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 Post subject: LNER A3 Salmon Trout
PostPosted: Sun Oct 27, 2002 10:16 am 

I am probably imagining things, but I thought I read somewhere that the boiler and cylinders of LNER A3 Salmon Trout survived? Anybody heard anything. I know they found some boilers of some older British locomotives in a factory, which could be used for a variety of replicas. Anybody know anything?

david.wilkins@bardstown.com


  
 
 Post subject: "Spare" British boilers?
PostPosted: Sun Oct 27, 2002 3:09 pm 

> I am probably imagining things, but I
> thought I read somewhere that the boiler and
> cylinders of LNER A3 Salmon Trout survived?
> Anybody heard anything. I know they found
> some boilers of some older British
> locomotives in a factory, which could be
> used for a variety of replicas. Anybody know
> anything?

As an active follower of the British rail preservation scene, I would have to say (without any guarantee of accuracy) that both stories sound bogus, or at least obsolete. It's entirely possible that a spare boiler from an A3 could have survived, but if indeed it still existed it would have long ago become the property of the owners of LNER 4472, the sole surviving A3, and the subject of existing boilers in Britain was never brought up during the proposals to rebuild an A1 Pacific replica (now under way). There really are no "well kept secrets" in British rail preservation any more than there are NYC Hudsons or PRR T1's secretly stashed in barns in North America. Besides, there are minor differences in the actual boiler plans between the LNER A3 and the Peppercorn/Thompson Pacifics; thus, using an A3 boiler would require modification and rebuild.

As for other boilers and replicas, all the serious proposals I have heard brought forth (such as rewbuilding a GWR "Saint" class or a BR 78XXX class) involved rebuilding specific "redundant" locos from the Woodhams scrap complex at Barry or building from scratch.


lner4472@bcpl.net


  
 
 Post subject: Re: "Spare" British boilers?
PostPosted: Sun Oct 27, 2002 4:05 pm 

As for the other boilers, I don't think the stories are bogus. I remember reading them for sure, because like the Pennsy, many British Railways used interchangable boilers. I will have to dig that one up.

david.wilkins@bardstown.com


  
 
 Post subject: Re: "Spare" British boilers?
PostPosted: Sun Oct 27, 2002 9:16 pm 

I remember reading that at one time a spare boiler for 4472 that was owned by the current owner at the time I read that piece.

Joshua

joshua@joshuakblay.com


  
 
 Post subject: Our Kingdom For a Verb!
PostPosted: Sun Oct 27, 2002 10:53 pm 

> I remember reading that at one time a spare
> boiler for 4472 that was owned by the
> current owner at the time I read that piece.

A VERB, JOSHUA!!! WE NEED A VERB!!!!!


LNER4472@bcpl.net


  
 
 Post subject: A3/A4 Boilers
PostPosted: Mon Oct 28, 2002 1:49 am 

Interesting.....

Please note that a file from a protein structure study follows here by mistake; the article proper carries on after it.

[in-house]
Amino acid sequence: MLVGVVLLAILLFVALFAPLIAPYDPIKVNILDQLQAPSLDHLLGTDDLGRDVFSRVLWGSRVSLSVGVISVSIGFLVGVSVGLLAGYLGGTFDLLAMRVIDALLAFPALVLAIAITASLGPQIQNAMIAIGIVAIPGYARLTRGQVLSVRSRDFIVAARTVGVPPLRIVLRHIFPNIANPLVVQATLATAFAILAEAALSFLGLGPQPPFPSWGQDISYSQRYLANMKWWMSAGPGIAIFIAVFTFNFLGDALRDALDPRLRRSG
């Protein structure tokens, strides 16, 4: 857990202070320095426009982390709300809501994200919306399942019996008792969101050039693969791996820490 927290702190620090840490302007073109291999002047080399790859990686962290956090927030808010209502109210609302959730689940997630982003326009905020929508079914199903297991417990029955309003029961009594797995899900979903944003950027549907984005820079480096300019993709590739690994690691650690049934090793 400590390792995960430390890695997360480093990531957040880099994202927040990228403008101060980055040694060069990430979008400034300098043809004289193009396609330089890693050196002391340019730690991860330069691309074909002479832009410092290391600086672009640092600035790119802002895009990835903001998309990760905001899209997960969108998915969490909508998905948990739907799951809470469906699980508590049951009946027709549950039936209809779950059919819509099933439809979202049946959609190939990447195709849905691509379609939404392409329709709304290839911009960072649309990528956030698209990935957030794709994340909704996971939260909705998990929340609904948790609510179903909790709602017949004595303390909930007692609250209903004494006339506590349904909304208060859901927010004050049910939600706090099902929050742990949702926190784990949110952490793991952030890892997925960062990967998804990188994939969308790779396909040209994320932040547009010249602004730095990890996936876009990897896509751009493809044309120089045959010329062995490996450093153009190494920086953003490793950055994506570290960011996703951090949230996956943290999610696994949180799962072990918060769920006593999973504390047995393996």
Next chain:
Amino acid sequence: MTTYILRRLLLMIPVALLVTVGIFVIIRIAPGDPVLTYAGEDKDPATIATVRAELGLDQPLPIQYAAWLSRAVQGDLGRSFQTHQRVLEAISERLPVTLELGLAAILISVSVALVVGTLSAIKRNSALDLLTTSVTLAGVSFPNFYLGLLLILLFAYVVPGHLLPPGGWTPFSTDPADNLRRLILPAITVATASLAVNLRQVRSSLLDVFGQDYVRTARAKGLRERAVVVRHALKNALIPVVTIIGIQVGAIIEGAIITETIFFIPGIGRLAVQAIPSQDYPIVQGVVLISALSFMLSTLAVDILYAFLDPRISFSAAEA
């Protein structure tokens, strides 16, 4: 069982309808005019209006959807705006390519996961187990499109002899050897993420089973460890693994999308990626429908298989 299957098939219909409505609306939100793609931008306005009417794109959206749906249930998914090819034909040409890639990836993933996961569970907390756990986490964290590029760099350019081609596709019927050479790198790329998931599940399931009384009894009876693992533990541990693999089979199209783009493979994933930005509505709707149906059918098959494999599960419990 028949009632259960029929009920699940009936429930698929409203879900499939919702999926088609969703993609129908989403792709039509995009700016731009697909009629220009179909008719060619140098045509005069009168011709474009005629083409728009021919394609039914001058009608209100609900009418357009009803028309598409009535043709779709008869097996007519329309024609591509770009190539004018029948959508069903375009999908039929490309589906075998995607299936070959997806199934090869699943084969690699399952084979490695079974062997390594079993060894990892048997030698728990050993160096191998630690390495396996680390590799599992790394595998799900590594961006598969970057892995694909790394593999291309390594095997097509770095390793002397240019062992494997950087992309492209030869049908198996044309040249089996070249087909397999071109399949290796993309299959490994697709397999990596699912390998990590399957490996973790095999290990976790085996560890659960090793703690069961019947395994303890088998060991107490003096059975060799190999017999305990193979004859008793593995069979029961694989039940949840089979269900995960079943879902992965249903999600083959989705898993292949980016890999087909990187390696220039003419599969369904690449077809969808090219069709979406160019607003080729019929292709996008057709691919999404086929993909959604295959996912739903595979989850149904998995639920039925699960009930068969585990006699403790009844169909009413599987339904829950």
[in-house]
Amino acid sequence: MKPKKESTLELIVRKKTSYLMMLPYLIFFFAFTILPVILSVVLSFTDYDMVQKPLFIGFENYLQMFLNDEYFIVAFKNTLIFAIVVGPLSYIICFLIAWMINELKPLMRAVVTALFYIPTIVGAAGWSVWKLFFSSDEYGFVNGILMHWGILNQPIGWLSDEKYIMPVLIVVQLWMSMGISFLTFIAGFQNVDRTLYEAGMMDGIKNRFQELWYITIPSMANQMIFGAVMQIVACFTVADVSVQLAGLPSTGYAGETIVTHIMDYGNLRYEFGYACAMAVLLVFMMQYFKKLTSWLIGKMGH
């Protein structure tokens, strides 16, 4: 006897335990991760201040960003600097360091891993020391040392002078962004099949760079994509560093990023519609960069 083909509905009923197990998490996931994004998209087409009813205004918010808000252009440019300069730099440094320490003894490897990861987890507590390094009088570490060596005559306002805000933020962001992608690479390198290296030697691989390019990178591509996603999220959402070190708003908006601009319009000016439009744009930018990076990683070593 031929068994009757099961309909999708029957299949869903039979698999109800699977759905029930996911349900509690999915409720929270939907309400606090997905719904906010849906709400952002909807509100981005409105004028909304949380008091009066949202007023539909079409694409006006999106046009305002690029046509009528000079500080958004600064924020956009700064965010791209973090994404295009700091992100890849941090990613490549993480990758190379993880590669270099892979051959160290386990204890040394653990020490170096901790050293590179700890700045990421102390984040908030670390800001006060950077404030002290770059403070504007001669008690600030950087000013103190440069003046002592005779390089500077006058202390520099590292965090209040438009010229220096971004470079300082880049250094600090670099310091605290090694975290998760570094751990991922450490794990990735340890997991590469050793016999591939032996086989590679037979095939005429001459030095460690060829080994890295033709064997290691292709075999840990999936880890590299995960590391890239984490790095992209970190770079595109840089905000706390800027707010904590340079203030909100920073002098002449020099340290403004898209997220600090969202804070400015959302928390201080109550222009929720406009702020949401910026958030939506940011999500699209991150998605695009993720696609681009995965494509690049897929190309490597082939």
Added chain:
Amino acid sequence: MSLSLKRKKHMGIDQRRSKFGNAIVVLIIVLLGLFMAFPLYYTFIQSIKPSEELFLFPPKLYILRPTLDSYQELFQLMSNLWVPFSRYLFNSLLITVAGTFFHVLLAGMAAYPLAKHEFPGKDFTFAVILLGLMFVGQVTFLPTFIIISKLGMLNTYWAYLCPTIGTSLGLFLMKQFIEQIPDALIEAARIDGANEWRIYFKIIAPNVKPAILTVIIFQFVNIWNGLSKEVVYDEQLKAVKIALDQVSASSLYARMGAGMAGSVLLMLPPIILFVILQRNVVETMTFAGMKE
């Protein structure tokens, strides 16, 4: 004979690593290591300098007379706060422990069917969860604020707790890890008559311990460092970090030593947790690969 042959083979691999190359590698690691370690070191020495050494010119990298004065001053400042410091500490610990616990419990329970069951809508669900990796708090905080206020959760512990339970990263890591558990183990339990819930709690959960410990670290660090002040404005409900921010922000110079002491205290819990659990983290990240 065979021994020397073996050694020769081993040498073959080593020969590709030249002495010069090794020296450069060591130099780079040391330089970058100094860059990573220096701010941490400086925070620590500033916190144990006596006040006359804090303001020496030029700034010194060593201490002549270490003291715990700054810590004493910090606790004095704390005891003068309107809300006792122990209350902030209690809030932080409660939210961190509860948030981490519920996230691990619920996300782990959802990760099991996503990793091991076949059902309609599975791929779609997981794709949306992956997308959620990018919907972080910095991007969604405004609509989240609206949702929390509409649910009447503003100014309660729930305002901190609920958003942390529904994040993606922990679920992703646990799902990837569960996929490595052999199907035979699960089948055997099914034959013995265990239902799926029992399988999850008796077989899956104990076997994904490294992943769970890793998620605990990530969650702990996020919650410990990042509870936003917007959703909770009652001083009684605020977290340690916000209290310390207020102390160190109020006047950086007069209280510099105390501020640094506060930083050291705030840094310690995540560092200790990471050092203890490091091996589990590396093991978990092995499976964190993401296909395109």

I did a quick search on google, and I found a pics site that points out how the Scotsman is now sporting an A4 style boiler, but some photos of it first in preservatation (early 1960s) show it with and A3 style boiler. What's the difference? The washout plugs. The smokebox doesn't count as they are easily removable in British practice. Interesting.... This does warrant some further research.

david.wilkins@bardstown.com


  
 
 Post subject: Re: A3/A4 Boilers
PostPosted: Mon Oct 28, 2002 2:08 pm 

> Interesting.....

> I did a quick search on google, and I found
> a pics site that points out how the Scotsman
> is now sporting an A4 style boiler, but some
> photos of it first in preservatation (early
> 1960s) show it with and A3 style boiler.
> What's the difference? The washout plugs.
> The smokebox doesn't count as they are
> easily removable in British practice.
> Interesting.... This does warrant some
> further research.

A spare boiler was obtained for "Flying Scotsman" - I think by its original private owner, Alan Pegler. I cannot at this time find a source but I know it has been used on the locomotive. I believe it did come from 60041 "salmon Trout" this was the second last in service being condemned in December 1965.

A4 boilers were used on A3's from the 1950's. There is no external difference. The boiler has thicker plates as A4's were pressed to 250lb,A3's 220lb.
A3's did use two visually different boilers. The original ones had small round domes, a later design had an elongated flat top, known as a "banjo dome".

Finally UK locos routinely had their boilers changed at major overhauls known as "General" or "Heavy General". Boilers took longer to repair than frames so more boilers were constructed than locos to provide a stock of spares. Gresley unstreamlined pacifics has relatively weak frames so partial or whole frame renewal also took place at major overhauls.


jimlivesey@btopenworld.com


  
 
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